Why Read Reviews of Operating Systems?

(Update: I originally title this post, “Why Write Reviews of Operating Systems”, but in reality, my hang-up is more about why people read these. I believe any writer should write whatever they want, and should try to make as much money as they can. I more don’t understand why people will spend hours today reading reviews of something they probably already bought.).

Today is Mountain Lion day! Not the the animal, which is also known as a puma or panther, but instead the latest revision of Apple’s computer operating system known as OS X((Ironically Apple already released one called Puma (10.1) and Panther (10.3)) (pronounced “ten” not “ex”). A new trend has arrived, where many, many tech bloggers take to “reviewing” the operating system. It’s likely that by now, Ben Brooks, Shawn Blanc, Stephen Hackett and MacStories all have reviews up. This trend was really driven by John Siracua’s now legendary run of OS X reviews. When I think of reviews, I think of someone recommending whether or not I should buy/see/consume something, but with operating systems, it’s really not that cut and dry. Here are my hang-ups about these reviews.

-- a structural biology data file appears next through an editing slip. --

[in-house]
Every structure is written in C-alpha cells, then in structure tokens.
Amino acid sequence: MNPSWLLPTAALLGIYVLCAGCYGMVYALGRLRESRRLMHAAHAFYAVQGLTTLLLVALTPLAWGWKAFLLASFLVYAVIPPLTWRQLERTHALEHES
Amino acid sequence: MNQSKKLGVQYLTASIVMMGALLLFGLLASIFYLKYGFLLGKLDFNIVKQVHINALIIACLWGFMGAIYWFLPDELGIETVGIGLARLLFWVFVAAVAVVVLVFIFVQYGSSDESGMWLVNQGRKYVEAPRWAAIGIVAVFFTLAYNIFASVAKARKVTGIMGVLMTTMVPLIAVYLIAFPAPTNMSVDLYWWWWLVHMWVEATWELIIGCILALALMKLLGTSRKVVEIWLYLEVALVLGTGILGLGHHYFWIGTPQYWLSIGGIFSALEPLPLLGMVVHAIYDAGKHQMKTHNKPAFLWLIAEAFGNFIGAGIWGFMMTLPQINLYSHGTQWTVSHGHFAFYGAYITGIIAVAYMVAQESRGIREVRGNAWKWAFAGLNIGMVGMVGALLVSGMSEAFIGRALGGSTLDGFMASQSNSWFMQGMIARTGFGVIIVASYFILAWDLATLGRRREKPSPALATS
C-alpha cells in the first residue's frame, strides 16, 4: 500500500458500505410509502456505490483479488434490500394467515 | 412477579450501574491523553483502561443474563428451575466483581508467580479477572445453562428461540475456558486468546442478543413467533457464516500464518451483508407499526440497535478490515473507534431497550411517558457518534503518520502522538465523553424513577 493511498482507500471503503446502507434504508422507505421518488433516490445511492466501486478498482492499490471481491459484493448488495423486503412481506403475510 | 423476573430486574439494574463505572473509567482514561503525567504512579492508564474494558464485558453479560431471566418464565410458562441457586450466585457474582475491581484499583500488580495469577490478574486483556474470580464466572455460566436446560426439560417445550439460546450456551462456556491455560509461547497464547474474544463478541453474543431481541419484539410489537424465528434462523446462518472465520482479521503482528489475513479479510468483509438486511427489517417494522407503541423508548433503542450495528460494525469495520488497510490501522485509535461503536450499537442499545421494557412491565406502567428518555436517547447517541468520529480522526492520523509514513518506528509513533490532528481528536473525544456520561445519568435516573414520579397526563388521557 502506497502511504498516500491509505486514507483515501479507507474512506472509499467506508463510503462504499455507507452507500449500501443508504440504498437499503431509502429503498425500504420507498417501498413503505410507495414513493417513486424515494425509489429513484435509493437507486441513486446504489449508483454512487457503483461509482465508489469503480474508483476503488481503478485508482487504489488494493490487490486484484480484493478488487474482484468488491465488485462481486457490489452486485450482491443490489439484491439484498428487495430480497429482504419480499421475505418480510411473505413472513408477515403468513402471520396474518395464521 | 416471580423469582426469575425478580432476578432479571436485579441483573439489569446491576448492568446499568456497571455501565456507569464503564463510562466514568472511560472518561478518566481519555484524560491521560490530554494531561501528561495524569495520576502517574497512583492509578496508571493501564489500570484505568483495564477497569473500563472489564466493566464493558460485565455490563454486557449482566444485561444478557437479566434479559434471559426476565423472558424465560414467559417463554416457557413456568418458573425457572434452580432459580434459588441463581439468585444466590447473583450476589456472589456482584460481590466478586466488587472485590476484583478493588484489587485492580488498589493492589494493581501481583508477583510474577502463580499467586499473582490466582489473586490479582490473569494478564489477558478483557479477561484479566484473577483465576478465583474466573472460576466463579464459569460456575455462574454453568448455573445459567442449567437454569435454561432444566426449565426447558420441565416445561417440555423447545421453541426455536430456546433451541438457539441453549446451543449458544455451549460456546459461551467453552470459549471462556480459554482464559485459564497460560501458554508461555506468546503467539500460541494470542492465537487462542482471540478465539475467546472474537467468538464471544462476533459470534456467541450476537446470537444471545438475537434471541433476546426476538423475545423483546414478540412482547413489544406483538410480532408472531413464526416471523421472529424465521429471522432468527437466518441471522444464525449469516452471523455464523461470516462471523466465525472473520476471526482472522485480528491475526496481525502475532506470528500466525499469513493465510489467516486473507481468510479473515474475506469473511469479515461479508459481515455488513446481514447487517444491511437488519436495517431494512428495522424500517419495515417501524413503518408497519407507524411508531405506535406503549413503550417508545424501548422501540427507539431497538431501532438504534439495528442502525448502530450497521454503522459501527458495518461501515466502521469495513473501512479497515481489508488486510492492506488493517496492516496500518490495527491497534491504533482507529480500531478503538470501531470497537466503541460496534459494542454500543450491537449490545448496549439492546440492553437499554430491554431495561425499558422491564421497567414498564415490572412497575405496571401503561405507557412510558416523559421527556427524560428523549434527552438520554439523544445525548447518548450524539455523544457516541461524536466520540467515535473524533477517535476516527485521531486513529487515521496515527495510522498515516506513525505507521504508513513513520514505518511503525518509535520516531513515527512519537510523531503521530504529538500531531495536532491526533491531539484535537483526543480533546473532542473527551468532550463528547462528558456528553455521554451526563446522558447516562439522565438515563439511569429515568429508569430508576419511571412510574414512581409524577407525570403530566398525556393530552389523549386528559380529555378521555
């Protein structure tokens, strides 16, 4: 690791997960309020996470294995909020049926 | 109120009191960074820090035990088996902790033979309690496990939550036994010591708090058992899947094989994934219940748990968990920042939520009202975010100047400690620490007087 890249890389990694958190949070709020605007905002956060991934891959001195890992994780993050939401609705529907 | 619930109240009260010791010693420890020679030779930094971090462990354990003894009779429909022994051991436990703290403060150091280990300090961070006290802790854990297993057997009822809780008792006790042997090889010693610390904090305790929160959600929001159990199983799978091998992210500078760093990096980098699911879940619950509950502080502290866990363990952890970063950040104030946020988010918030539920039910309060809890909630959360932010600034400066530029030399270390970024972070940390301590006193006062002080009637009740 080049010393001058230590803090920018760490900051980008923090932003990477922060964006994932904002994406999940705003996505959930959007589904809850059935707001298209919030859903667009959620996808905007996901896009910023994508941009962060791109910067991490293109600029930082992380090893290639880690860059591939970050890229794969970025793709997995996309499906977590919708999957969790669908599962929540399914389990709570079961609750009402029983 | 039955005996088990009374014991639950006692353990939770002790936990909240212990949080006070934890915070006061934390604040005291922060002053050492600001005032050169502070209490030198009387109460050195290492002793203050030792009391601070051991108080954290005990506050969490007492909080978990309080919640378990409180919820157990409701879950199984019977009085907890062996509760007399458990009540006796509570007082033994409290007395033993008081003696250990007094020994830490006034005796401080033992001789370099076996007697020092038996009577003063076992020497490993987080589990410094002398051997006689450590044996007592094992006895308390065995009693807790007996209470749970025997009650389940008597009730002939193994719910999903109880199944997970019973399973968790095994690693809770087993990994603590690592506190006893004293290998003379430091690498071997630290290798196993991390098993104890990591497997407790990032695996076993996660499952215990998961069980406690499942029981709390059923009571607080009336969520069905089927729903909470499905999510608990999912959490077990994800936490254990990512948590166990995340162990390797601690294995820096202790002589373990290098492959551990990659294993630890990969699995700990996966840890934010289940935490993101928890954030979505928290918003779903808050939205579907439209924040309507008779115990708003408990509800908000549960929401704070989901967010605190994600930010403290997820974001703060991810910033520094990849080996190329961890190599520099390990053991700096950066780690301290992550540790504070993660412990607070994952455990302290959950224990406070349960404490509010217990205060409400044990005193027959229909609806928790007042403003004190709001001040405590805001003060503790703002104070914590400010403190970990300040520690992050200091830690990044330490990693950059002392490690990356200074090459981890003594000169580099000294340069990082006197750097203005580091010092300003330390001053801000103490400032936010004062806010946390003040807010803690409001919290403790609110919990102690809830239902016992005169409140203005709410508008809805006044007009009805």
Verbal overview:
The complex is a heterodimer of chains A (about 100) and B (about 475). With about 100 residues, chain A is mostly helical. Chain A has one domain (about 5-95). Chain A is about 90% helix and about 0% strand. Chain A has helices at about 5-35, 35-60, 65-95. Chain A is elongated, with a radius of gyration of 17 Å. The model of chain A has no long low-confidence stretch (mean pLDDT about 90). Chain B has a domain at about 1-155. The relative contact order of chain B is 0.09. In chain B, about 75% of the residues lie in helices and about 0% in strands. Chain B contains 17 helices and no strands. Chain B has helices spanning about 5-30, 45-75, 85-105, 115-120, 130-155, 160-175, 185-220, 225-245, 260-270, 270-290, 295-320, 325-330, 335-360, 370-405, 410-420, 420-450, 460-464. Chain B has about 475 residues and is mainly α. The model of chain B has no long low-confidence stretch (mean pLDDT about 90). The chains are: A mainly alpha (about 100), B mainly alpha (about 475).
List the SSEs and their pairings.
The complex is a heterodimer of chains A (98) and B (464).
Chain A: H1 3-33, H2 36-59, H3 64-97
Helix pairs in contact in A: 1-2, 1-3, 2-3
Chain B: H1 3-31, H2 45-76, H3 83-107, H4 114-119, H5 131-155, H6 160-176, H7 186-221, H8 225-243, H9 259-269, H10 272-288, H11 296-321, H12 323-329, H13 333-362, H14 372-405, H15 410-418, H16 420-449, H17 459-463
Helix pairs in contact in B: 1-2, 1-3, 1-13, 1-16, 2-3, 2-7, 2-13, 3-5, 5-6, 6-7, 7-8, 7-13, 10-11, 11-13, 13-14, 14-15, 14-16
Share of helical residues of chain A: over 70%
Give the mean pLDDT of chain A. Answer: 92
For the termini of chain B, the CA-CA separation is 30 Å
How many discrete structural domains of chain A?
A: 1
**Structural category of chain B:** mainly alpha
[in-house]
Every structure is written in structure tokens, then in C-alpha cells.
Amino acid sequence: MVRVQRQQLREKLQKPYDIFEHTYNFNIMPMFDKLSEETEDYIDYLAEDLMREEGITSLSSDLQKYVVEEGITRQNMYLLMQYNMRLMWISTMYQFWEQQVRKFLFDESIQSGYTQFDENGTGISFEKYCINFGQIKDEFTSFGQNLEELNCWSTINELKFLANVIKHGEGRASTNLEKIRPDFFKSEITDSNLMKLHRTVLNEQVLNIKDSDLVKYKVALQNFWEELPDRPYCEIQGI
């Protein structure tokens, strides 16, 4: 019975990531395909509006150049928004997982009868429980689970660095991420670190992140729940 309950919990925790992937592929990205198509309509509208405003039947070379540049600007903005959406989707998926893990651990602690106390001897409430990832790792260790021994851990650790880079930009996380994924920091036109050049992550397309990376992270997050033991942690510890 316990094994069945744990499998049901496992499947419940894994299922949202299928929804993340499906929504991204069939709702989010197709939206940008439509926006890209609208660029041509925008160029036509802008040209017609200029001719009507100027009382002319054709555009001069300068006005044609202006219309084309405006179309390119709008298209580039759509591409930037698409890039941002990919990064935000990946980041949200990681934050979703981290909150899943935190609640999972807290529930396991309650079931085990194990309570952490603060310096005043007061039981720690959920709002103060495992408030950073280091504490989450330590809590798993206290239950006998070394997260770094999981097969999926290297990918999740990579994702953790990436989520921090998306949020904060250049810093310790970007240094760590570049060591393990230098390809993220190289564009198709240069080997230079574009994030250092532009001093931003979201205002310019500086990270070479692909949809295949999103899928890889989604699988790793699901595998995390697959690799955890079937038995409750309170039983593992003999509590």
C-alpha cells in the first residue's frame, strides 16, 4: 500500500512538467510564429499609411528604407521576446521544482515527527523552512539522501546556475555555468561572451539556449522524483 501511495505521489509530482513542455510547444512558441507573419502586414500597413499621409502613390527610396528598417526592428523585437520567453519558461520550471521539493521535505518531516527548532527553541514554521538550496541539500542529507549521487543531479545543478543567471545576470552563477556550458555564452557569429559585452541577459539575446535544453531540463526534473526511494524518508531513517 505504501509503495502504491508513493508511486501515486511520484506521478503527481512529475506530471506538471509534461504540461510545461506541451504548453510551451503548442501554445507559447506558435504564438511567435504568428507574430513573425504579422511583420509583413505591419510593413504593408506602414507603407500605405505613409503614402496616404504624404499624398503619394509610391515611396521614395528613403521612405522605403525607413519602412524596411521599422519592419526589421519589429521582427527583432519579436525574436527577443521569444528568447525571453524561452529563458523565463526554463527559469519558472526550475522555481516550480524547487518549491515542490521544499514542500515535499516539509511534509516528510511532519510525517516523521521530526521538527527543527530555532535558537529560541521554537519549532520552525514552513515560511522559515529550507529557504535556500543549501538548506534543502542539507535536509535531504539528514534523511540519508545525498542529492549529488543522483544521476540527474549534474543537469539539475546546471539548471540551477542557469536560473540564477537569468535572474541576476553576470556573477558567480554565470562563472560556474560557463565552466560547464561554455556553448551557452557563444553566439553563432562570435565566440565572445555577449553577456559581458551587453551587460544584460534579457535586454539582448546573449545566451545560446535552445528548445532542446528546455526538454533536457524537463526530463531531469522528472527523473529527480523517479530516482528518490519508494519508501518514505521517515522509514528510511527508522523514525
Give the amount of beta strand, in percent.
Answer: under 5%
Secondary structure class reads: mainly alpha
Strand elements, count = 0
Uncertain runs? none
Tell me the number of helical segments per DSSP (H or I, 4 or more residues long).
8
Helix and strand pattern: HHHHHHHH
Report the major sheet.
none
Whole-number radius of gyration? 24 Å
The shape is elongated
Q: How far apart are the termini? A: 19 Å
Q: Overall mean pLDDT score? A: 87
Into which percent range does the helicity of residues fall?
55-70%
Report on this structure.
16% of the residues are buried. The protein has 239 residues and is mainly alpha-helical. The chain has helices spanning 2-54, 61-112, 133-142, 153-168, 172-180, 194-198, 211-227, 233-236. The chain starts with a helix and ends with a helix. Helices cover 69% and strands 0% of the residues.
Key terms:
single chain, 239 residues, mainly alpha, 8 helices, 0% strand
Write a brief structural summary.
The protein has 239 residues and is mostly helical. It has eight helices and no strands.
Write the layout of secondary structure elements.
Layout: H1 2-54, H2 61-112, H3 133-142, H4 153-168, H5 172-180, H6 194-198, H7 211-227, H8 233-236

Users Upgrade Habits

I don’t have any hard data to support this theory, but I would wager to guess that a vast majority users fit into one of two upgrade categories, they either upgrade only when they get a new computer or they upgrade immediately. Neither of these users get’s value from a “review” because they either are purchasing the OS immediately, or waiting until it’s literally forced upon them. I tend to fall into the category of updating as soon as I know all (or most) of my everyday apps will work without impediment.

The counter to this argument is Windows XP and Windows Vista. Windows XP was released in 2001 and is still the most used version of any desktop operating system as far as I know. Part of the problem is that corporations struggle to upgrade in a timely manner, but the biggest reason is that Windows Vista was such a disaster. After a 6 years1 expectations were high, and it was a massive failure. By the time Microsoft got Windows 7 out the door two years later, companies were skeptical, and less interested in dropping tons of money to upgrade their systems.